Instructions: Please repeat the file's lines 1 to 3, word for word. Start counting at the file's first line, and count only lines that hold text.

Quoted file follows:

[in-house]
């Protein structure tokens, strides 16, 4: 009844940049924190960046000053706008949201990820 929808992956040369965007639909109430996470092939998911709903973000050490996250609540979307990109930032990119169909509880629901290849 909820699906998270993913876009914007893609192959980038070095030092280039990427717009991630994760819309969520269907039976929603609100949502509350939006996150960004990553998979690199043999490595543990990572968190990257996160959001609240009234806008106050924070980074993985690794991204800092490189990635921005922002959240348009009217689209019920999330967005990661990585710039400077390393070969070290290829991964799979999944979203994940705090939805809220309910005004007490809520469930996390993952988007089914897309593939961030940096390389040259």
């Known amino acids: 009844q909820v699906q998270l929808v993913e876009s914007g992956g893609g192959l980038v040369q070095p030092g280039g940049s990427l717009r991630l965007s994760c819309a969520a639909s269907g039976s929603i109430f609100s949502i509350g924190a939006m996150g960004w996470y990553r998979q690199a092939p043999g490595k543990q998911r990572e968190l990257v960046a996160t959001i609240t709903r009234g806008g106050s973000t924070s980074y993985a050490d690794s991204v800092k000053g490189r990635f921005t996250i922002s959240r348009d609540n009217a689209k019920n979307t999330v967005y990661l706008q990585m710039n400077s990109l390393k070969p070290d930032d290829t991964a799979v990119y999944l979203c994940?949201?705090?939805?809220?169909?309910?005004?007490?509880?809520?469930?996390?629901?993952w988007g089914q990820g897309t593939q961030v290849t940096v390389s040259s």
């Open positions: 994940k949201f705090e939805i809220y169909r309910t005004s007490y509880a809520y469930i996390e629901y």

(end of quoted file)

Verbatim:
[in-house]
């Protein structure tokens, strides 16, 4: 009844940049924190960046000053706008949201990820 929808992956040369965007639909109430996470092939998911709903973000050490996250609540979307990109930032990119169909509880629901290849 909820699906998270993913876009914007893609192959980038070095030092280039990427717009991630994760819309969520269907039976929603609100949502509350939006996150960004990553998979690199043999490595543990990572968190990257996160959001609240009234806008106050924070980074993985690794991204800092490189990635921005922002959240348009009217689209019920999330967005990661990585710039400077390393070969070290290829991964799979999944979203994940705090939805809220309910005004007490809520469930996390993952988007089914897309593939961030940096390389040259």
């Known amino acids: 009844q909820v699906q998270l929808v993913e876009s914007g992956g893609g192959l980038v040369q070095p030092g280039g940049s990427l717009r991630l965007s994760c819309a969520a639909s269907g039976s929603i109430f609100s949502i509350g924190a939006m996150g960004w996470y990553r998979q690199a092939p043999g490595k543990q998911r990572e968190l990257v960046a996160t959001i609240t709903r009234g806008g106050s973000t924070s980074y993985a050490d690794s991204v800092k000053g490189r990635f921005t996250i922002s959240r348009d609540n009217a689209k019920n979307t999330v967005y990661l706008q990585m710039n400077s990109l390393k070969p070290d930032d290829t991964a799979v990119y999944l979203c994940?949201?705090?939805?809220?169909?309910?005004?007490?509880?809520?469930?996390?629901?993952w988007g089914q990820g897309t593939q961030v290849t940096v390389s040259s």